The Micro Puff Storm’s hood is adjustable via one cord lock on the back, and it does a good job of snugging down the hood over a helmet or bare head. The hood also has a small brim that keeps it raised off a helmet, and a bit of elastic around the face to keep it from flapping around. The Micro Puff Storm’s hood isn’t as adjustable and is a bit more restrictive than some 3-point-adjustable hoods like those on fully featured resort shells like the Arc’teryx Sabre LT (review coming soon), but I haven’t had any major issues with the Micro Puff Storm’s hood.
For what it is — a fully waterproof and insulated jacket — the Micro Puff Storm is very light. The Eddie Bauer BC EverTherm Down Jacket is lighter, but compared to other insulated shells, the Micro Puff Storm is definitely on the lighter end of the spectrum.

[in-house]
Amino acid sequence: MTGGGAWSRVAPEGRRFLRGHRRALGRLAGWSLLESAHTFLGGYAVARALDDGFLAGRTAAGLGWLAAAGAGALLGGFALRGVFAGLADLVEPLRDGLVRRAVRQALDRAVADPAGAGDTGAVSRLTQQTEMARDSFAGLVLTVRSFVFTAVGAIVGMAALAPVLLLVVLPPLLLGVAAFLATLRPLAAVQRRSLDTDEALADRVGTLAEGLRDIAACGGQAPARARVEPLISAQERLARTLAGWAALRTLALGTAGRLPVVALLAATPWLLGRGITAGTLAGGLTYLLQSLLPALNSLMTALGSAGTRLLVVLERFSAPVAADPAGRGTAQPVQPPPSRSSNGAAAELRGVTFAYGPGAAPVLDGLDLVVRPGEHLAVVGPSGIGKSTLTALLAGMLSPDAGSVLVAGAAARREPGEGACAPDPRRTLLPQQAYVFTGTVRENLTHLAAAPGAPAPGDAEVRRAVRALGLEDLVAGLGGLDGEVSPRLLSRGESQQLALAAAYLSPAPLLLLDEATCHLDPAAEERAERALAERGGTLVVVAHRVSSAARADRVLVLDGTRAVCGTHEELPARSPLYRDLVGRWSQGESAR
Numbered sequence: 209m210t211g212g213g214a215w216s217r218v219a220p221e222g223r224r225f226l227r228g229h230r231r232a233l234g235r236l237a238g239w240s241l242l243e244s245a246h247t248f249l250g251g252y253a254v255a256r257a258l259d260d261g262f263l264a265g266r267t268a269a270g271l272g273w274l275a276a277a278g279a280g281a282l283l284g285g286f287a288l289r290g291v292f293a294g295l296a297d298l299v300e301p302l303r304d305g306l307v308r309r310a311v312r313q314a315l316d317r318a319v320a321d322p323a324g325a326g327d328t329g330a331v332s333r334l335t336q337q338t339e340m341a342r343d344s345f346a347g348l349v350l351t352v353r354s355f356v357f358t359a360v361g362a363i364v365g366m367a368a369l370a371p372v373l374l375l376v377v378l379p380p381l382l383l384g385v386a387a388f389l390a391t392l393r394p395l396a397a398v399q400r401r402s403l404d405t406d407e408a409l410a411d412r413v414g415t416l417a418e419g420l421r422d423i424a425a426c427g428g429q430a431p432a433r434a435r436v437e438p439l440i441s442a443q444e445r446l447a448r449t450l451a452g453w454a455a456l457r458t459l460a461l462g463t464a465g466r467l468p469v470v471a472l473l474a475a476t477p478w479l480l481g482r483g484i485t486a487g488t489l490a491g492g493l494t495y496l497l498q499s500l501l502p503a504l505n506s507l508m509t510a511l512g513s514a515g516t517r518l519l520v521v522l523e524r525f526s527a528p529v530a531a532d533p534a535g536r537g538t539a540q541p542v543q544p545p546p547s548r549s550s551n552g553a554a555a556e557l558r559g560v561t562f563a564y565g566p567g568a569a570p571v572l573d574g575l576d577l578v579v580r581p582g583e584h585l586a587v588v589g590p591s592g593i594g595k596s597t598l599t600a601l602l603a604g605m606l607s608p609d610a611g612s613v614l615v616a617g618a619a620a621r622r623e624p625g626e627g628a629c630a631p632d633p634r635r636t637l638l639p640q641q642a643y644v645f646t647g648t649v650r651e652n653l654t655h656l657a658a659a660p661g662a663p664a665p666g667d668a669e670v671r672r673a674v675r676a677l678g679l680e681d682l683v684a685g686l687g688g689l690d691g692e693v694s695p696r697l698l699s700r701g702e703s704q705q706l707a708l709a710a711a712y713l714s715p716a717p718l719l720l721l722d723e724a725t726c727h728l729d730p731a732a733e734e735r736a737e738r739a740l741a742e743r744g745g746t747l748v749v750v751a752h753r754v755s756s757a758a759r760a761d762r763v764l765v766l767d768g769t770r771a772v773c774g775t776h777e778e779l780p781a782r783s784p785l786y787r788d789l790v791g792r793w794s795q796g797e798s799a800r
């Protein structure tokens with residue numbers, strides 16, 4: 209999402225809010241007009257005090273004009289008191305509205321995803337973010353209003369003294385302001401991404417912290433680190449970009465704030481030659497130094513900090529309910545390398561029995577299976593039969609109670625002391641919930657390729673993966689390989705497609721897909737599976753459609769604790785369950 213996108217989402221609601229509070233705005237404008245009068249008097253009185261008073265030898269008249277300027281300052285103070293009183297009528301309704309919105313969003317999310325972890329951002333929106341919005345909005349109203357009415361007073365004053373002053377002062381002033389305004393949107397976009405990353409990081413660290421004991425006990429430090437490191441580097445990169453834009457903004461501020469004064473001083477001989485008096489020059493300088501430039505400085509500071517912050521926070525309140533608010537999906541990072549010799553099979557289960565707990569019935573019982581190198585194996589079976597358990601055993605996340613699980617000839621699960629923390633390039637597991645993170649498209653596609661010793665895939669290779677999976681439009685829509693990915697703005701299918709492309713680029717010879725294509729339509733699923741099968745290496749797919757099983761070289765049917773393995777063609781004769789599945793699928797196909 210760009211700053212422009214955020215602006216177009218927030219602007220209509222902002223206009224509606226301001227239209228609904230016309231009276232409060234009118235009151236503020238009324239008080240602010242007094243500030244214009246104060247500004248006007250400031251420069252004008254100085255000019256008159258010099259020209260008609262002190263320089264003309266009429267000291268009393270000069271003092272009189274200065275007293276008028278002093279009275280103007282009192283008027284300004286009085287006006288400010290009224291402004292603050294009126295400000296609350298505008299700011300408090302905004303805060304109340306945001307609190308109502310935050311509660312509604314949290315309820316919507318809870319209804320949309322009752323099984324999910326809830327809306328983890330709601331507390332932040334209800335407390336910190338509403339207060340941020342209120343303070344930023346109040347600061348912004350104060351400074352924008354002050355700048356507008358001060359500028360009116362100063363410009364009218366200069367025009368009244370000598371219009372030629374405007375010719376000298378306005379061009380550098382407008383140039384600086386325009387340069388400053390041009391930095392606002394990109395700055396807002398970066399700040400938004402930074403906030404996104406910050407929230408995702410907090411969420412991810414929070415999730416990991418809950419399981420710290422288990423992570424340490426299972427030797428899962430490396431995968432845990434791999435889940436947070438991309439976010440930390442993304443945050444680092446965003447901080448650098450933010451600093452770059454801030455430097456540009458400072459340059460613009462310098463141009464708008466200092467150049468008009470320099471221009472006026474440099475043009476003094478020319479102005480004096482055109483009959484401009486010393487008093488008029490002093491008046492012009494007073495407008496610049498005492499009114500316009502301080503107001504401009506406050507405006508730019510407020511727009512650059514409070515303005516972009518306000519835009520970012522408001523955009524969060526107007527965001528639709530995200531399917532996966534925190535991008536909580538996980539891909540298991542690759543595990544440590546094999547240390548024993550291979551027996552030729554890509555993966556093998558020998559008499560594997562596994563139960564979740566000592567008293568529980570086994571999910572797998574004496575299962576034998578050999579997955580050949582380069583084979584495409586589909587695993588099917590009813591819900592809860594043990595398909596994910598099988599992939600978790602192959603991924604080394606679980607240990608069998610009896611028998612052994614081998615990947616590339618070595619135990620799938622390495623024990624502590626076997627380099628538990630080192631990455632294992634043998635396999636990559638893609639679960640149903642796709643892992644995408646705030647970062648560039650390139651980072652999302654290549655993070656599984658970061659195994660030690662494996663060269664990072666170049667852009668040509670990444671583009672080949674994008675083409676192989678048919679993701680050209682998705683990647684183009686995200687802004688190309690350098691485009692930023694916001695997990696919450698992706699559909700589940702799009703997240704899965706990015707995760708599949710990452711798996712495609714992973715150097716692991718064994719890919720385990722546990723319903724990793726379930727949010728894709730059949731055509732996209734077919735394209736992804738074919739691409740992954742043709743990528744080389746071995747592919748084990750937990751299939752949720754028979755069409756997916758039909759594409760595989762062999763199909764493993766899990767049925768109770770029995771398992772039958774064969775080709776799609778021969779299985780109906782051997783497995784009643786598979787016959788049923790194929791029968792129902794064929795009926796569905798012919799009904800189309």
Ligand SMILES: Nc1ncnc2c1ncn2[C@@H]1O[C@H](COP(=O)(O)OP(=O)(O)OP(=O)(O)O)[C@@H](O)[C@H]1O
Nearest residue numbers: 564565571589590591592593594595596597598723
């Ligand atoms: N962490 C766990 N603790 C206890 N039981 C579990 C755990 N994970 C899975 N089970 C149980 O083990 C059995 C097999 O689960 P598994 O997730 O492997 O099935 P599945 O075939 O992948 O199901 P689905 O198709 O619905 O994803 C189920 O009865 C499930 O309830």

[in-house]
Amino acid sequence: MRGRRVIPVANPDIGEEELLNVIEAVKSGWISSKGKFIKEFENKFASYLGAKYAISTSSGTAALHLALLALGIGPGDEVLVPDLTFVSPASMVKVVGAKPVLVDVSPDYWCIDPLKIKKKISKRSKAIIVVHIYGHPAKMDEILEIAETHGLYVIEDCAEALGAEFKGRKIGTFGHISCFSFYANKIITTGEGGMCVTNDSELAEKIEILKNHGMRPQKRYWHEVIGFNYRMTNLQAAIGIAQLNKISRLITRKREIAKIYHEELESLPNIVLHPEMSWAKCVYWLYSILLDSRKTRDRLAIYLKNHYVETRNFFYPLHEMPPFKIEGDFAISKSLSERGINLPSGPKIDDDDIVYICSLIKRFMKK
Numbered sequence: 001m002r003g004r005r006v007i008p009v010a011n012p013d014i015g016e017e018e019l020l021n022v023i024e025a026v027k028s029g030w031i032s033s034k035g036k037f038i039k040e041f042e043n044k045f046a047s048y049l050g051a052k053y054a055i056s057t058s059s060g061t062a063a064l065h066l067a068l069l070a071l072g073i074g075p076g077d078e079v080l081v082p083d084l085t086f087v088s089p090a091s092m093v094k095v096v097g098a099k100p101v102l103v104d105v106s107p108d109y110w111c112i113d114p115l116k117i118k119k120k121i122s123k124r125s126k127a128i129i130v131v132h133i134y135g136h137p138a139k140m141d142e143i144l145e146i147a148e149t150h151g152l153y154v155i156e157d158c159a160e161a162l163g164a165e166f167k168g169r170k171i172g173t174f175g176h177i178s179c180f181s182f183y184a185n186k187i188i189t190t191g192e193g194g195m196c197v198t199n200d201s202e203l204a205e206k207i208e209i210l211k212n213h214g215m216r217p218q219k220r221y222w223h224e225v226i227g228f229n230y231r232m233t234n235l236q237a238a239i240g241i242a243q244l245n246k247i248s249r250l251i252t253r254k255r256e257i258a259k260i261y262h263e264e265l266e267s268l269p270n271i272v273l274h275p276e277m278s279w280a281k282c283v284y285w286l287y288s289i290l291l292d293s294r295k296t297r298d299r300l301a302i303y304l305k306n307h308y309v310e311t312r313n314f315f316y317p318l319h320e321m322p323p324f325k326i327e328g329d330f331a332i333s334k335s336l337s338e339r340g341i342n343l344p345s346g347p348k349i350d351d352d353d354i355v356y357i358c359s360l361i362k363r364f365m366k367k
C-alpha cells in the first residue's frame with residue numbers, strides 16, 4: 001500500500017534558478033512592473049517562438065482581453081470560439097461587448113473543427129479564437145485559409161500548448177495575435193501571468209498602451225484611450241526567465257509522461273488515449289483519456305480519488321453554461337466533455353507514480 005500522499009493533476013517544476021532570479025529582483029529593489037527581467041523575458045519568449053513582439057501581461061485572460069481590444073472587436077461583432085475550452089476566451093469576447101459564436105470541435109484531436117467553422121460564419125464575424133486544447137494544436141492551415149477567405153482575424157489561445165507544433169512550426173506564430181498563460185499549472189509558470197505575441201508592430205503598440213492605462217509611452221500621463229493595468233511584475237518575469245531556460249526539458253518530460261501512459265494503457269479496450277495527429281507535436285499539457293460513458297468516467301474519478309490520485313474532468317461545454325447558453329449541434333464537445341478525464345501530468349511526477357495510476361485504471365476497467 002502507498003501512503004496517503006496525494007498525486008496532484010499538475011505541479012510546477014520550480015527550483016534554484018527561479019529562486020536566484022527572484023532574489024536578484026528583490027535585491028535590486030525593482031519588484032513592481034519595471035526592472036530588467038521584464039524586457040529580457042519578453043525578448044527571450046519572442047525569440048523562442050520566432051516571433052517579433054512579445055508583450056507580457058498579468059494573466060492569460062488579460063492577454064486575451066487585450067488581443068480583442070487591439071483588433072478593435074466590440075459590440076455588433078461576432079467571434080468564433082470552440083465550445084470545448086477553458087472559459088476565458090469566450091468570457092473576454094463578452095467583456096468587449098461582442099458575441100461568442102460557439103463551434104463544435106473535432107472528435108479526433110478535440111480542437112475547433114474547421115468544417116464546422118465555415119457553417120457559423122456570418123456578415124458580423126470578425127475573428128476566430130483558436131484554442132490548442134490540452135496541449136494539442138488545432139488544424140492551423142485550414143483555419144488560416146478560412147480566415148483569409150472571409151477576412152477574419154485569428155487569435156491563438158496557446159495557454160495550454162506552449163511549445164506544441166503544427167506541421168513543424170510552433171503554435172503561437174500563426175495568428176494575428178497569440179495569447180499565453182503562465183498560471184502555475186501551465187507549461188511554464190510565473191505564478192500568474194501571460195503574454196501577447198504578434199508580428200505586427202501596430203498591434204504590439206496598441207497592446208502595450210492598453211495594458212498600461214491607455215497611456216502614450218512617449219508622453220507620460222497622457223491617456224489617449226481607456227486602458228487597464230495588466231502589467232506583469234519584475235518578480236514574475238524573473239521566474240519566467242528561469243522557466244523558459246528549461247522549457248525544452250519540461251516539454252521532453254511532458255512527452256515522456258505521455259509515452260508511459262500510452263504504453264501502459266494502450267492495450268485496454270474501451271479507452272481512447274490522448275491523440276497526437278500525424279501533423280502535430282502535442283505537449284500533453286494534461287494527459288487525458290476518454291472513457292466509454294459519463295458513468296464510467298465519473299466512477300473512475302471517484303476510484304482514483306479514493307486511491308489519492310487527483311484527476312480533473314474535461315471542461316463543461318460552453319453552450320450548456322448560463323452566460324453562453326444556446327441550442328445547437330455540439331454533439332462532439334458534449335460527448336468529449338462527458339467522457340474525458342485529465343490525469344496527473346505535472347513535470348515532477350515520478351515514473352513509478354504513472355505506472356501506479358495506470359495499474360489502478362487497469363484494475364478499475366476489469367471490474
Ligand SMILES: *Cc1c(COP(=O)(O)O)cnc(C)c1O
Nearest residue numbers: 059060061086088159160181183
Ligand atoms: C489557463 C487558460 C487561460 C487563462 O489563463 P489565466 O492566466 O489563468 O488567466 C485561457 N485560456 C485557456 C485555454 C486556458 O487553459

When packed down, the Micro Puff Storm compresses to about the size of a volleyball.
For reference, here are a bunch of weights for a number of other insulated, waterproof jackets. Keep in mind the size differences to keep things apples-to-apples.
493 g Eddie Bauer BC EverTherm Down Jacket, size Small (measured weight)
599 g Patagonia Fitz Roy Down Parka, size Large (measured weight)
610 g Arc’teryx Alpha IS Jacket (stated weight)
614 g Patagonia Stretch Nano Storm Jacket, size Large (measured weight)
614.5 g Patagonia Micro Puff Storm Jacket, size Medium (measured weight)
639 g Outdoor Research Floodlight Down Jacket (stated weight)
680 g Arc’teryx Tauri Jacket (stated weight)
825 g Black Diamond Mission Down Ski Parka (stated weight)
850 g Norrona Lofoten Gore-Tex Insulated Jacket (stated weight)
913 g Outdoor Research Blackpowder II Jacket (stated weight)
921 g Patagonia Insulated Snowshot Jacket (stated weight)
936 g Patagonia Primo Down Jacket (stated weight)
1000 g Arc’teryx Macai Jacket (stated weight)
1075 g The North Face Powder Guide Jacket (stated weight)
1125 g The North Face Anonym Jacket (stated weight)